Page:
That no navigation law, or law regulating commerce, shall be passed without the consent of two thirds of the members present in both Houses.
That no standing army or regular troops shall be raised or kept up in time of peace, without the consent of two thirds of the members present in both Houses.
That no soldier shall be enlisted for any longer term than four years, except in time of war, and then for no longer term than the continuance of the war.
That each State respectively shall have the power to provide for organizing, arming, and disciplining its own militia, whensoever Congress shall omit or neglect to provide for the same. That the militia shall not be subject to martial law, except when in actual service in time of war, invasion or rebellion; and when not in the actual service of the United18 States, shall be subject only to such fines, penalties, and punishments as shall be directed or inflicted by the laws of its own State.
That the exclusive power of Legislation given to Congress over the Federal Town, and its adjacent district, and other places purchased or to be purchased by Congress of any of the States, shall extend only to such regulations as respect the police and good Government thereof.
That no person shall be capable of being President of the United20 States, for more than eight years in any term of sixteen years.
That The Judi21cial Power of the United22 States shall be vested in one Supreme Court, and in such Courts of Admiralty as Congress may from time to time ordain and establish in any of the different States;23 The Judicial Powers shall extend to all cases in law and equity arising under treaties made, or which shall be made under the authority of the United States; to all cases affecting Ambassadors, other foreign Ministers and24 Consuls;25 to all cases of Admiralty and Maritime Jurisdiction;26 to controversies to which the United States shall be a party; to controversies between two or more States; and between parties claiming lands under the grants of different States. In all cases affecting Ambassadors, other foreign Ministers and Consuls, and27 those in which a State shall be a party, the Supreme Court shall have original jurisdiction;28 in all other cases before mentioned the Supreme Court shall have appellate jurisdiction as to matters of law only, except in cases of equity, and of Admiralty and Maritime Jurisdiction, in which the Supreme Court shall have appellate Jurisdiction, both as to law and fact, with such exceptions, and under such regulations as the Congress shall make.29 But The Judicial Power of the United States shall extend to no case where the cause of action shall have originated before the ratification of this Constitution; except in disputes between States about their Territory, disputes between persons claiming lands under the grants of different States, and suits for debts due to the United States.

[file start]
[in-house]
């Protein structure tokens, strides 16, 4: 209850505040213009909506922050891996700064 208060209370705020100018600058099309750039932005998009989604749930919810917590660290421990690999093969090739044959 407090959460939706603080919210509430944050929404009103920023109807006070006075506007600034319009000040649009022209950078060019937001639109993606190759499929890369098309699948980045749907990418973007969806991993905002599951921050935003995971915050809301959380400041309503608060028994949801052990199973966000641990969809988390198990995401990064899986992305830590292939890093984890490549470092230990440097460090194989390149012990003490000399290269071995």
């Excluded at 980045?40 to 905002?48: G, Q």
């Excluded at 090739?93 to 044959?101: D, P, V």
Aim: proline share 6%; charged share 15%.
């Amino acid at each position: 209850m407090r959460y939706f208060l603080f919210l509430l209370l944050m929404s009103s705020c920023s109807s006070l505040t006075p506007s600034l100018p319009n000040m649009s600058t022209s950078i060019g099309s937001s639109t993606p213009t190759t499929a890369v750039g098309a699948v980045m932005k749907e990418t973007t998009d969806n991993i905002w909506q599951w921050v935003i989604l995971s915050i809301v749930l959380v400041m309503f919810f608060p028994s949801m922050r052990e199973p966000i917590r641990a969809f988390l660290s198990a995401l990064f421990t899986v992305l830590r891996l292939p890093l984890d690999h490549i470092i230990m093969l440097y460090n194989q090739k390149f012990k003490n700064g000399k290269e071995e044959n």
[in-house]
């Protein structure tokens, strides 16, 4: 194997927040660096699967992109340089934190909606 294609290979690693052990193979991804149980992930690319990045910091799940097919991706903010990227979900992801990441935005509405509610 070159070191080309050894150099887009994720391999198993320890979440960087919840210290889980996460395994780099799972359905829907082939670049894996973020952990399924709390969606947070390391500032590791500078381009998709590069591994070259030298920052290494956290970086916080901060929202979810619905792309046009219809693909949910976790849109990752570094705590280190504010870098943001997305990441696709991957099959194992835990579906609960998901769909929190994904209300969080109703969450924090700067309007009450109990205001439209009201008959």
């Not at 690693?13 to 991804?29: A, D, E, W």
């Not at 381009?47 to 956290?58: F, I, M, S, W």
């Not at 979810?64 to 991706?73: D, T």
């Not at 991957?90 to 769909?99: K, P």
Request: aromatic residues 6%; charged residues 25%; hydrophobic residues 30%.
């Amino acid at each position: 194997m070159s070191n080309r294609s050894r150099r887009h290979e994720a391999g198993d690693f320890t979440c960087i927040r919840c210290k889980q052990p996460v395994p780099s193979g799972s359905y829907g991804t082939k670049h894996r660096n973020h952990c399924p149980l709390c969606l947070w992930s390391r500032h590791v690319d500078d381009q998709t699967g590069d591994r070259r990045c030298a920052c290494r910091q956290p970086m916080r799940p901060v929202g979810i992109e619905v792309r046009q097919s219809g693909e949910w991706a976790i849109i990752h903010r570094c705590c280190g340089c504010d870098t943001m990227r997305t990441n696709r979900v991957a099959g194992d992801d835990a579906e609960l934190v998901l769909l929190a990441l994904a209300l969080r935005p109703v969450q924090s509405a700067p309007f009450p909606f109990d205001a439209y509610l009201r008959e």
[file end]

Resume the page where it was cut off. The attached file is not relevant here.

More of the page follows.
That Congress shall not alter, modify, or interfere in the times, places, or manner of holding elections for Senators and Representatives, or either of them, except when the Legislature of any State shall neglect, refuse, or be disabled by invasion or rebellion, to prescribe the same.
That some tribunal, other than the Senate, be provided for trying impeachments of Senators.
That the salary of a Judge shall not be increased or diminished during his continuance in office, otherwise than by general regulations of salary, which may take place on a revision of the subject at stated periods of not less than seven years, to commence from the time such salaries shall be first ascertained by Congress.